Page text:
Recommends: "This Woman's Work" with Roxane Gay, Kiese Laymon and Leslie Jamison (St. Francis College Auditorium, 2pm)

"If I had to make a dream team of young essayists, Jamison, Gay and Laymon would be my first picks."

MariNaomi, author of Dragon's Breath

Participating in: "Single Facing City: Coming of Age Comics" with Mike Dawson and Michael Cho (Brooklyn Historical Society, 10am)

Recommends: "Ties That Bind, or Tear Us Apart" (St. Francis McArdle, 4pm)

"The moment my book signing ends at 4pm, I plan to make a mad dash to the 'Ties That Bind, or Tear Us Apart' panel, which features Kyle Minor, Bich Minh Nguyen, and one of my favorite storytellers of all time, Darcey Steinke. I'm always interested in seeing how other writers tackle the awkward complexity of writing about family."

Jess Row, author of Your Face in Mine (he's also one of our 10 New York authors to read now)

Participating in: "I Am What I Am What I Am" with Phil Klay and Kathleen Winter (St. Francis College Auditorium, 10am) and "Eye of the Beholder" with James McBride and Jeffery Renard Allen (Brooklyn Law School Moot Courtroom, 1pm)

Recommends: "Segregation, Class and Race and the New York City Public Schools" with Dana Goldstein, Pedro Noguera and David Banks (Brooklyn Law School Moot Courtroom, 3pm)

"There really is no more important (and widely ignored) issue facing New York City today than the divided and entirely unequal state of our public schools."

Emma Straub, author of The Vacationers

Participating in: "Join the Conversation" with Leonard Lopate and Mary Gordon (Borough Hall Courtroom, 12pm)

Recommends: "So, Can You Judge a Book by Its Cover?" with Chip Kidd and Helen Yentus (St. Francis College Auditorium, 12pm)

"The event that I'd most like to attend is (alas) in the same time slot as my own. Chip Kidd and Helen Yentus talking about cover design? Yes, please! That is sure to be a fun one. Maybe I'll hijack my own panel and force Leonard Lopate to only talk to me and Mary Gordon about our book jackets."

Julia Wertz, author of Museum of Mistakes

Participating in: "Sex, Drugs, Dysfunctional Families—Plus Witches!" with Simon Hanselmann and Jennifer Cruté (Brooklyn Historical Society, 1pm)

Recommends: "Losing and Finding Yourself: Comics of Heartbreak and Healing" with Gabrielle Bell, Mana Neyestani, John Porcellino and Anya Ulinich (Brooklyn Historical Society, 2pm)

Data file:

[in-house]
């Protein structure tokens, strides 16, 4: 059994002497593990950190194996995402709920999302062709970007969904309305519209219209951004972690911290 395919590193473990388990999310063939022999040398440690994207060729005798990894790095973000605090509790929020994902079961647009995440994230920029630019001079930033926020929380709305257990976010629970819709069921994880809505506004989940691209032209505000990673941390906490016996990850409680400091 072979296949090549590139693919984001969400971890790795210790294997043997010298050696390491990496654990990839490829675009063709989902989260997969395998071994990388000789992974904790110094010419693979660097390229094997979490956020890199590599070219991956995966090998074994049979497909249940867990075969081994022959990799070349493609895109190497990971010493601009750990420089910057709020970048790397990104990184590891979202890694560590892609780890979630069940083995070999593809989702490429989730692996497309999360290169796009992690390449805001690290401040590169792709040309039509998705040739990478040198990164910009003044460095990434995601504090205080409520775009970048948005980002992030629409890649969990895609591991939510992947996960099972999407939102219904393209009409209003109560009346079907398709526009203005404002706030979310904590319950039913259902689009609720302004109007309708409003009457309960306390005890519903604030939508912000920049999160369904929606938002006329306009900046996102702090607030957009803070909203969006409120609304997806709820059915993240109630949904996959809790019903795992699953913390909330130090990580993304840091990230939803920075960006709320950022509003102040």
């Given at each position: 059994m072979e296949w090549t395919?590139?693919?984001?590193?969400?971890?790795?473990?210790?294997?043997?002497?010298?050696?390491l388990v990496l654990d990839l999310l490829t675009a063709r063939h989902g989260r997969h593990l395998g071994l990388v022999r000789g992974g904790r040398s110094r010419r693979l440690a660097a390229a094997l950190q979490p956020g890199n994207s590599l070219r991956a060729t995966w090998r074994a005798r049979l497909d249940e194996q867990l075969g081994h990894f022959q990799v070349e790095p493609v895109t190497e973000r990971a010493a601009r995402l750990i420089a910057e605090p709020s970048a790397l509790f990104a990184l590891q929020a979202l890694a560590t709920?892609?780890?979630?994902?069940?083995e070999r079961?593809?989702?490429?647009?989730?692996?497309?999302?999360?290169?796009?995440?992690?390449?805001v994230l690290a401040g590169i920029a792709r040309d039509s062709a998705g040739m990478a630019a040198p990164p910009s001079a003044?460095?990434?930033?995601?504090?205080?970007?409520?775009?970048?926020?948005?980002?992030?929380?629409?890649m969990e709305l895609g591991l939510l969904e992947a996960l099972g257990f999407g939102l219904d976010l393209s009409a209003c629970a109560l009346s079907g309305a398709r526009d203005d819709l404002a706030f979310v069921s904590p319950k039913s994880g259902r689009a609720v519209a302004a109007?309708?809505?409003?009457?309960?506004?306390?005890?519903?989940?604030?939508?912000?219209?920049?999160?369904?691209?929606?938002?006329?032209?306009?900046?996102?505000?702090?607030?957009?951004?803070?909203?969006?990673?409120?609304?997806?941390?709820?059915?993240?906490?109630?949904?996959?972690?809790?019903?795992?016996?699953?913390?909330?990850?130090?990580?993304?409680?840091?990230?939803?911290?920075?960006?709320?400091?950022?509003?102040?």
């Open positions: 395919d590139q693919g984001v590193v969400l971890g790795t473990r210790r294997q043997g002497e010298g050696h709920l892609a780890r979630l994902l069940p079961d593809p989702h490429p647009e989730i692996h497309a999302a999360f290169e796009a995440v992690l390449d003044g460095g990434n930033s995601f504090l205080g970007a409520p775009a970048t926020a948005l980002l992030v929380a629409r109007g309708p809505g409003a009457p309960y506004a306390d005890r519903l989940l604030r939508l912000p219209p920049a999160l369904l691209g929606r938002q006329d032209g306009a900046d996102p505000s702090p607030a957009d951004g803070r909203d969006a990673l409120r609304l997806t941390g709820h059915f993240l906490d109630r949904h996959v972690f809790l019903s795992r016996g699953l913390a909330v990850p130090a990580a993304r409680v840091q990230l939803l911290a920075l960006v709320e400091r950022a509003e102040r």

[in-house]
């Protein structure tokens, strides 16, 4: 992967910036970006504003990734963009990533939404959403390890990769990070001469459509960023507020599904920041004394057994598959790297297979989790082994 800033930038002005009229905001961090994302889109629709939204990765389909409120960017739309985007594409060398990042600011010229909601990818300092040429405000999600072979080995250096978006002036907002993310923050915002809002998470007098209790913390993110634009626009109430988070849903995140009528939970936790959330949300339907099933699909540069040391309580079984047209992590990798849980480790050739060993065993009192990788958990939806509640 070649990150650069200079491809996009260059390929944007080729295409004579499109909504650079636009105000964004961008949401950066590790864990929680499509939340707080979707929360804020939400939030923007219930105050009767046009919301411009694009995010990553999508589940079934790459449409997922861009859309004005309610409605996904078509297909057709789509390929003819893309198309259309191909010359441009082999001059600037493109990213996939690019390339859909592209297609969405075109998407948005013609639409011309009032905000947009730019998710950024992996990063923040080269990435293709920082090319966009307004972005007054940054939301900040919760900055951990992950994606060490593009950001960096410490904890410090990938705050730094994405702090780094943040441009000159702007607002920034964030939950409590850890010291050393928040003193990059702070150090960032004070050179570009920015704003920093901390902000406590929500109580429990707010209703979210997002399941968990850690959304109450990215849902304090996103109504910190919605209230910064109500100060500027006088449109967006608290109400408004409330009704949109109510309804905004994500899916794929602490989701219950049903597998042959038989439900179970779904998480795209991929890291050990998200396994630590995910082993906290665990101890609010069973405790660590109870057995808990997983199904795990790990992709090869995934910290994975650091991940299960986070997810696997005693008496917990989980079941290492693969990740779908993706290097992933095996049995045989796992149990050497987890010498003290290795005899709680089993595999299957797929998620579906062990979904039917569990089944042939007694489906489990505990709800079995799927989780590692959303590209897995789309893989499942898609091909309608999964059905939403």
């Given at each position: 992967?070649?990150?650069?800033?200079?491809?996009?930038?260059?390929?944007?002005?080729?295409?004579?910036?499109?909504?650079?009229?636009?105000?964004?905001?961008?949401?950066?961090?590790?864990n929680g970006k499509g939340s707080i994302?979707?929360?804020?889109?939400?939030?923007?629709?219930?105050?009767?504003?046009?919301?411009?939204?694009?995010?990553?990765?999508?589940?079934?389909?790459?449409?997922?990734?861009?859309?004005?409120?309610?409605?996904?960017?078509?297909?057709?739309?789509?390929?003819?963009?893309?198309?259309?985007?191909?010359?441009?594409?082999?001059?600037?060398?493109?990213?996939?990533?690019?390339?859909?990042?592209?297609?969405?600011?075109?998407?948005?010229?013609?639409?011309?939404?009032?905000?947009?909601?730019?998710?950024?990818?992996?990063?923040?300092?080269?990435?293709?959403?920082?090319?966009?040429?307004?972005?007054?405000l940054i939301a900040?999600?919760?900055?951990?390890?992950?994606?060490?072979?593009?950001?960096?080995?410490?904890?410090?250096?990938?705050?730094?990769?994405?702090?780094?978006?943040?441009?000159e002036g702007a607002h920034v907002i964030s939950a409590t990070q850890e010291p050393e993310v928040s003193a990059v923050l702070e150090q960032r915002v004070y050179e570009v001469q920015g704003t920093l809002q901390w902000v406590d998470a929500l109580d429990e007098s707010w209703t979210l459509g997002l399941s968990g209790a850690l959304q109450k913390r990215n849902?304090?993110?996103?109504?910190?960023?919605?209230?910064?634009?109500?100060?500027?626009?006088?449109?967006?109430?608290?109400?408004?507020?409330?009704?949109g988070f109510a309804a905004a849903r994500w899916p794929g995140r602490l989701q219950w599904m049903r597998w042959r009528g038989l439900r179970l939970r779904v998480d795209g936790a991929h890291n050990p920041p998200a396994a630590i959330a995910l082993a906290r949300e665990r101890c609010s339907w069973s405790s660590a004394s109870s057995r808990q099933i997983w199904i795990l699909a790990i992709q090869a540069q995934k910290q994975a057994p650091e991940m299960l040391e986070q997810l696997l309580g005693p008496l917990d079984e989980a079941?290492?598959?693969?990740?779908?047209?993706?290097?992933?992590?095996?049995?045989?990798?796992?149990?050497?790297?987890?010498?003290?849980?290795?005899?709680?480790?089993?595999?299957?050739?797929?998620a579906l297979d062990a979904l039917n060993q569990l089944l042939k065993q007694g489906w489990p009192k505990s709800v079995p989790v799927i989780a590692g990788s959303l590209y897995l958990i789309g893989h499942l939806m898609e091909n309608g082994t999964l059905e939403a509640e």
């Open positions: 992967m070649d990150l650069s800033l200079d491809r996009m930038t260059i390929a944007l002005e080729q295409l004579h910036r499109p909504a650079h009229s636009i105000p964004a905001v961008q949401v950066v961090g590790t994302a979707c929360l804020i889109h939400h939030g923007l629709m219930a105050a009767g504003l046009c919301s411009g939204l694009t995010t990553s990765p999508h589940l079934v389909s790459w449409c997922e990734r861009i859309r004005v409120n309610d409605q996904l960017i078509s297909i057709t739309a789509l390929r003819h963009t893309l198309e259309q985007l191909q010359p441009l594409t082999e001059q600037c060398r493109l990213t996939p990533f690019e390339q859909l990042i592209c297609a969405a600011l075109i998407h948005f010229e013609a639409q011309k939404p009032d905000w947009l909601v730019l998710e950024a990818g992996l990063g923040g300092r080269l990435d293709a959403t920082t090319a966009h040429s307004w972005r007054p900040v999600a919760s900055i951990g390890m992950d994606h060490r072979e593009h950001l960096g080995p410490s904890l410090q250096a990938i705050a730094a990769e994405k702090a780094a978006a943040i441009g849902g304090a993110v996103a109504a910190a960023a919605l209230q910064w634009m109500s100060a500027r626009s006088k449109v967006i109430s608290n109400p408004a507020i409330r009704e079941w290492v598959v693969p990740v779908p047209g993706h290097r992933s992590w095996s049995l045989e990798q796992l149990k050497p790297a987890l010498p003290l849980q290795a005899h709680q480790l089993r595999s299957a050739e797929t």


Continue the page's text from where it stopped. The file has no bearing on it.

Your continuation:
"Because John Porcellino and Gabrielle Bell have been doing autobio comics for decades, and their work covers many years of an artists' struggle to fit into the world while also making what's mostly be considered outsider art. They've both become well renowned, successful cartoonists, but still operate outside the regular rules of comics and art and what most people consider a normal American lifestyle, which makes them all the more fascinating."

Tiphanie Yanique, author of Land of Love and Drowning (don't miss our review of this stellar debut)

Participating in: "A Force Unleashed presented by the Brooklyn Public Library" with Ann Hood, Matthew Thomas and Tommy Wieringa (Borough Hall Courtroom, 2pm) and "Family and Home" with Yelena Akhtiorskaya and Hamid Ismailov (Borough Hall Media Room, 4pm)

Recommends: "Catch a Fire: Social Collapse in Multiple Voices" with Marlon James, Nuruddin Farah and Nadifa Mohamed (Borough Hall Media Room, 12pm)

"'Catch a Fire: Social Collapse in Multiple Voices' is a panel I don't want to miss. It's going to feature some of my favorite writers, but also it will be about work that is told in multiple voices and work that does this crafted thing with a social and political impulse supporting it. I dig that as a reader and as a writer."

Helen Yentus, Riverhead Books Art Director

Participating in: "So, Can You Judge a Book by Its Cover?" with Chip Kidd (St. Francis College Auditorium, 12pm)

Recommends: "Family and Home" with Tiphanie Yanique, Yelena Akhtiorskaya and Hamid Ismailov (Borough Hall Media Room, 4pm)

"I’ve been lucky enough to work on covers for some amazing authors, but Yelena Akhtiorskaya’s book stands apart for me. Not only is it a beautifully crafted, hilarious read, but it’s the one book that comes closer than anything I’ve ever read to pinpointing my specific experience growing up as a Russian immigrant in Brooklyn. I’m really looking forward to hearing her talk about her experiences in writing the book and dealing with her family in the process. Or maybe dealing with her family and writing the book in the process."